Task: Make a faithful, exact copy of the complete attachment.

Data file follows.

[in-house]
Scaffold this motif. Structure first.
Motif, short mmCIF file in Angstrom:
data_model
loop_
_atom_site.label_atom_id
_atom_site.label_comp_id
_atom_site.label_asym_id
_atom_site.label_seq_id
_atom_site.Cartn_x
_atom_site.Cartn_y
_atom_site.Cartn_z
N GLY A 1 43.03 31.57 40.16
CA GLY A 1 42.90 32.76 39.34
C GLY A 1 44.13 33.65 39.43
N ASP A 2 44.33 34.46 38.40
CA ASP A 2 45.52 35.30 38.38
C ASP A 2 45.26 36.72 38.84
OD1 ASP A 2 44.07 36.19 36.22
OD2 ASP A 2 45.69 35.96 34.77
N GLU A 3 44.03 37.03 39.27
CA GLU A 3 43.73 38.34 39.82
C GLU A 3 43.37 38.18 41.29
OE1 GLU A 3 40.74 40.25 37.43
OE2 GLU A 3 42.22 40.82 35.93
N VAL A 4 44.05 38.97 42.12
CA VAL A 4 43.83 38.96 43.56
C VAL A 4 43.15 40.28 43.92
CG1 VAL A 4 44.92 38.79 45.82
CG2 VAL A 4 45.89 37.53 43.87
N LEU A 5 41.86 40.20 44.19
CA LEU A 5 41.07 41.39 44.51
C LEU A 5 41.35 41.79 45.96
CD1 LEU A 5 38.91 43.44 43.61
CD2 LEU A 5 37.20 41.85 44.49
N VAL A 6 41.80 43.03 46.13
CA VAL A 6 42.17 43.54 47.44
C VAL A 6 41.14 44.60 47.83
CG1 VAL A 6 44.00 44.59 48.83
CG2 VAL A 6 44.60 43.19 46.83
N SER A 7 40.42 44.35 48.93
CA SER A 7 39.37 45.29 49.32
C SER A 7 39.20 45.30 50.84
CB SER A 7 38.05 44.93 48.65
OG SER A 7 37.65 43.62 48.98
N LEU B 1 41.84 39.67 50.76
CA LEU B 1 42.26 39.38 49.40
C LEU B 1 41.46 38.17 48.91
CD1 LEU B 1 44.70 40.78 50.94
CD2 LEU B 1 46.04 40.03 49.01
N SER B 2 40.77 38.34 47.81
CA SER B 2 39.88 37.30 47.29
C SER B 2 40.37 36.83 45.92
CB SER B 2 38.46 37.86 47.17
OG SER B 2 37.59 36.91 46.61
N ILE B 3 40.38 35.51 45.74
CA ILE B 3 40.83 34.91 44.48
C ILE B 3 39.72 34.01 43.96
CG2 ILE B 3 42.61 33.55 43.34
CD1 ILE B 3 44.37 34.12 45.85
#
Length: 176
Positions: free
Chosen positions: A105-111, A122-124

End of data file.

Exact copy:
[in-house]
Scaffold this motif. Structure first.
Motif, short mmCIF file in Angstrom:
data_model
loop_
_atom_site.label_atom_id
_atom_site.label_comp_id
_atom_site.label_asym_id
_atom_site.label_seq_id
_atom_site.Cartn_x
_atom_site.Cartn_y
_atom_site.Cartn_z
N GLY A 1 43.03 31.57 40.16
CA GLY A 1 42.90 32.76 39.34
C GLY A 1 44.13 33.65 39.43
N ASP A 2 44.33 34.46 38.40
CA ASP A 2 45.52 35.30 38.38
C ASP A 2 45.26 36.72 38.84
OD1 ASP A 2 44.07 36.19 36.22
OD2 ASP A 2 45.69 35.96 34.77
N GLU A 3 44.03 37.03 39.27
CA GLU A 3 43.73 38.34 39.82
C GLU A 3 43.37 38.18 41.29
OE1 GLU A 3 40.74 40.25 37.43
OE2 GLU A 3 42.22 40.82 35.93
N VAL A 4 44.05 38.97 42.12
CA VAL A 4 43.83 38.96 43.56
C VAL A 4 43.15 40.28 43.92
CG1 VAL A 4 44.92 38.79 45.82
CG2 VAL A 4 45.89 37.53 43.87
N LEU A 5 41.86 40.20 44.19
CA LEU A 5 41.07 41.39 44.51
C LEU A 5 41.35 41.79 45.96
CD1 LEU A 5 38.91 43.44 43.61
CD2 LEU A 5 37.20 41.85 44.49
N VAL A 6 41.80 43.03 46.13
CA VAL A 6 42.17 43.54 47.44
C VAL A 6 41.14 44.60 47.83
CG1 VAL A 6 44.00 44.59 48.83
CG2 VAL A 6 44.60 43.19 46.83
N SER A 7 40.42 44.35 48.93
CA SER A 7 39.37 45.29 49.32
C SER A 7 39.20 45.30 50.84
CB SER A 7 38.05 44.93 48.65
OG SER A 7 37.65 43.62 48.98
N LEU B 1 41.84 39.67 50.76
CA LEU B 1 42.26 39.38 49.40
C LEU B 1 41.46 38.17 48.91
CD1 LEU B 1 44.70 40.78 50.94
CD2 LEU B 1 46.04 40.03 49.01
N SER B 2 40.77 38.34 47.81
CA SER B 2 39.88 37.30 47.29
C SER B 2 40.37 36.83 45.92
CB SER B 2 38.46 37.86 47.17
OG SER B 2 37.59 36.91 46.61
N ILE B 3 40.38 35.51 45.74
CA ILE B 3 40.83 34.91 44.48
C ILE B 3 39.72 34.01 43.96
CG2 ILE B 3 42.61 33.55 43.34
CD1 ILE B 3 44.37 34.12 45.85
#
Length: 176
Positions: free
Chosen positions: A105-111, A122-124